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DUI: Chicago

Ten a night—that's the number of Chicagoans pulled over for driving under the influence, on average. A total of 3,795 people were arrested for driving under the influence of drugs or alcohol in Chicago last year, according to Chicago Police data.

That annual total has been on the decline since 2008, when nearly 4,300 people were arrested for various DUI offenses, from causing accidental deaths (there were six in 2008; four in 2012) to operating a motorboat or watercraft while intoxicated (three in 2008; zero in 2012).

All these numbers come amid increased attention on DUI incidents statewide and in Chicago. In May, the National Transportation Safety Board urged state governments to lower the blood-alcohol concentration permitted for drivers to 0.05 percent from 0.08, the current threshold for a DUI. And in July, Illinois took its locking Breathalyzer system for repeat offenders a step further by requiring users to install cameras in their cars as well.

Some Chicagoans think the stigma against DUIs is catching up with the act.

"I think that generationally that was something that was instilled, that you need to have a designated driver," said Jenell Filline, 22, of Logan Square. "Talking to my mom, she said it just wasn't a big focus before."

But for many, drunk driving is still cause for concern, particularly after sports games and other major events that draw people from all over the Chicago area with cars. "After games here, you're pretty closed to getting clipped even though you have the green walk sign," said Christie Dulang, 33, of Wrigleyville. "It's the [people from the suburbs] that come here to party and then have to drive home. Most of us that live in the city, we don't have cars. There are drunks on the CTA, and they're a pain in the ass, but at least they're not driving anywhere."

For people like Rita Kreslin, who has watched the system closely over the past decade both as the mother of a DUI victim and as executive director of the Alliance Against Intoxicated Motorists, the daily numbers show Illinois still has a long way to go.

"Sit in any of the courtrooms, felony or misdemeanor, traffic court, you can see the volume of casing coming in and out--it's like a revolving door," she said. "While crashes are down and arrests are down from over 30 years, it's still obviously a problem."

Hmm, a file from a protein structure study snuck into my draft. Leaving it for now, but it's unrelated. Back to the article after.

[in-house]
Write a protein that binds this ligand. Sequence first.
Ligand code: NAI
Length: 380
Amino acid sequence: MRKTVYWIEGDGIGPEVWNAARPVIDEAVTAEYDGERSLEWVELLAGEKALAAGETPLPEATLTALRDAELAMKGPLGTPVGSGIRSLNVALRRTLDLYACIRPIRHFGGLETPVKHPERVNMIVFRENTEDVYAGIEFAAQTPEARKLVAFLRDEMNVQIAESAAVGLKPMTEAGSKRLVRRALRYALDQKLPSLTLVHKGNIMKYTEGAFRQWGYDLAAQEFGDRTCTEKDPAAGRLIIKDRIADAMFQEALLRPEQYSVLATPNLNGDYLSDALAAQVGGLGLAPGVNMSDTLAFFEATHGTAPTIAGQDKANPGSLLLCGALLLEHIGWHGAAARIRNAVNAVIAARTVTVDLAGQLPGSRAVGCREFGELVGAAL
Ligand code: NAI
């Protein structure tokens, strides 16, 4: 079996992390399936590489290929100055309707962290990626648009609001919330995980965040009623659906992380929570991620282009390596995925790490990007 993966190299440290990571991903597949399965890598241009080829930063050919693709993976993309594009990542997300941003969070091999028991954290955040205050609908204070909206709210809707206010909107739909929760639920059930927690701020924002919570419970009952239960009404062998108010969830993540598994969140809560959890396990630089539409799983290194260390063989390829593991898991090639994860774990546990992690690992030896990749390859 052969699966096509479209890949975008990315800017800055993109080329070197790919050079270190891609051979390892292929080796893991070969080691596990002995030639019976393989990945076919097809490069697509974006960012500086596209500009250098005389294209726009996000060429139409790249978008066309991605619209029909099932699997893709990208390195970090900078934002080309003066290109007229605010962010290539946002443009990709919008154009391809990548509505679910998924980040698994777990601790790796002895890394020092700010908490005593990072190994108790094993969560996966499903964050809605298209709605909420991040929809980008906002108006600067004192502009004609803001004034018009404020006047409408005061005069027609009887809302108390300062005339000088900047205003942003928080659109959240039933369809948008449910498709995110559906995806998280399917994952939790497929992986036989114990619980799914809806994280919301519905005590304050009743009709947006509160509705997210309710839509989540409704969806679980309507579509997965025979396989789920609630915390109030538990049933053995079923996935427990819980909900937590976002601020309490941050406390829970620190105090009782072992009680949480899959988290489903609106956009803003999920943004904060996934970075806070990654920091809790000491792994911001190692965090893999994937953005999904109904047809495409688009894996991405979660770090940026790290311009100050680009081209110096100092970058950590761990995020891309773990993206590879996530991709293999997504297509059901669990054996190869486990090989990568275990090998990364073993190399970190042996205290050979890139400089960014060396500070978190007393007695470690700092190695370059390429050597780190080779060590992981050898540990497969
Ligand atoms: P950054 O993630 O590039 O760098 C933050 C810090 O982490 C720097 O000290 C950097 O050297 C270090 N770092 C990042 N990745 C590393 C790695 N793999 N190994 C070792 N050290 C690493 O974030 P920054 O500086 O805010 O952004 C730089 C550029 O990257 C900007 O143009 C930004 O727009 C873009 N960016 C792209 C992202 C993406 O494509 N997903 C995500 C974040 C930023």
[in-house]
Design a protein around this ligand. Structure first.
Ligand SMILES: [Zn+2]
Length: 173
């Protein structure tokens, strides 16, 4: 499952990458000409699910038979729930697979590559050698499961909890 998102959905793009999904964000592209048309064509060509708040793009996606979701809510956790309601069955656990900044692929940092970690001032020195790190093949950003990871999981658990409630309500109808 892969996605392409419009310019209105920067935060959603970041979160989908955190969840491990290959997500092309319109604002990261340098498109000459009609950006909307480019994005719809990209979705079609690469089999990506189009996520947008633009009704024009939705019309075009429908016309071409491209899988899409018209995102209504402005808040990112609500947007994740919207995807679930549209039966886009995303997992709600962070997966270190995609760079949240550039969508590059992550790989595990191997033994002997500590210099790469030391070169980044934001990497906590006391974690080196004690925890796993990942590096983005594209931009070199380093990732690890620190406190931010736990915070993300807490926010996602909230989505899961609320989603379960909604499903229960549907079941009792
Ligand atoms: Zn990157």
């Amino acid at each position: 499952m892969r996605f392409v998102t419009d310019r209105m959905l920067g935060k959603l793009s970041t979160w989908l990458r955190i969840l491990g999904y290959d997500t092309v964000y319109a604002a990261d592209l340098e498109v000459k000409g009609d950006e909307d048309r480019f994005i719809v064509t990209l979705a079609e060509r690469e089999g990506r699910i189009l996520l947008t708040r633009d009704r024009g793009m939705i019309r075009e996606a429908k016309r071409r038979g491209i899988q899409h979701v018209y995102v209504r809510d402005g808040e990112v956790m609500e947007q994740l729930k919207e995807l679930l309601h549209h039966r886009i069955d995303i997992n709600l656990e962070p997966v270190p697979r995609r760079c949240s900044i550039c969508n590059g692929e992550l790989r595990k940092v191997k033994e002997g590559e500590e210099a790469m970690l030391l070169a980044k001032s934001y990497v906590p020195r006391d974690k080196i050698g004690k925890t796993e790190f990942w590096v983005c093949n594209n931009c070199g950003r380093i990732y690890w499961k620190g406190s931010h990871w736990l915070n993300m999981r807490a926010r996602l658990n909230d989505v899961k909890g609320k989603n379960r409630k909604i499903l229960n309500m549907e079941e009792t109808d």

DUI offenders range in age and background, but according to state data, most are young men who have been caught driving in the early morning. Men between the ages of 21 and 24 had the highest DUI arrest rate in Illinois in 2011, while about a quarter of DUI arrests were women, and nearly two-thirds of the state's DUI arrests were under the age of 35.

The most common time to get caught? Between 11 p.m. and 4 a.m. In Chicago, the most common hour to get stopped is between 1 a.m. and 2 a.m., when most bars close, according to Chicago Police data. One recent high-profile DUI-related death occurred in the early evening last May, when cyclist Bobby Cann was struck and killed by a car while riding in Old Town.

Illinois has received national praise for pioneering some measures to reduce the DUI rate. First-time DUI offenders in Illinois have their drivers licenses suspended unless they agree to have a Breath Alcohol Ignition Interlock Device installed in their cars. BAIID requires drivers to blow into a Breathalyzer hooked up to their car before they can start it. The system also keeps a record of those who blow above the blood alcohol limit, and how often they do it.

"One driver recorded 10 failures in a 60-day period of time," in 2012, said Jesse White, the Illinois secretary of state. "If these individuals did not have this device in their auto, someone could have died as a result."

The cost of the Breathalyzer plus camera: About $1,500, and maybe some of your dignity, White said.

Imagine, "A young man, just met a beautiful young lady, wants to take them on a date, and the first thing they have to do is blow into the device," he said. "I think that could make for a bad evening and an embarrassing evening."

Kreslin said the increasing social stigma against having a DUI record is also keeping some people from getting behind the wheel of a car after drinking.

"Thirty years ago, you just got a slap on the wrist and were told to be careful driving home. Today, I think even many young people get it and they're having designated drivers, but you always have that group, those individuals who think it's not going to happen to them."

rcromidas@tribune.com

 

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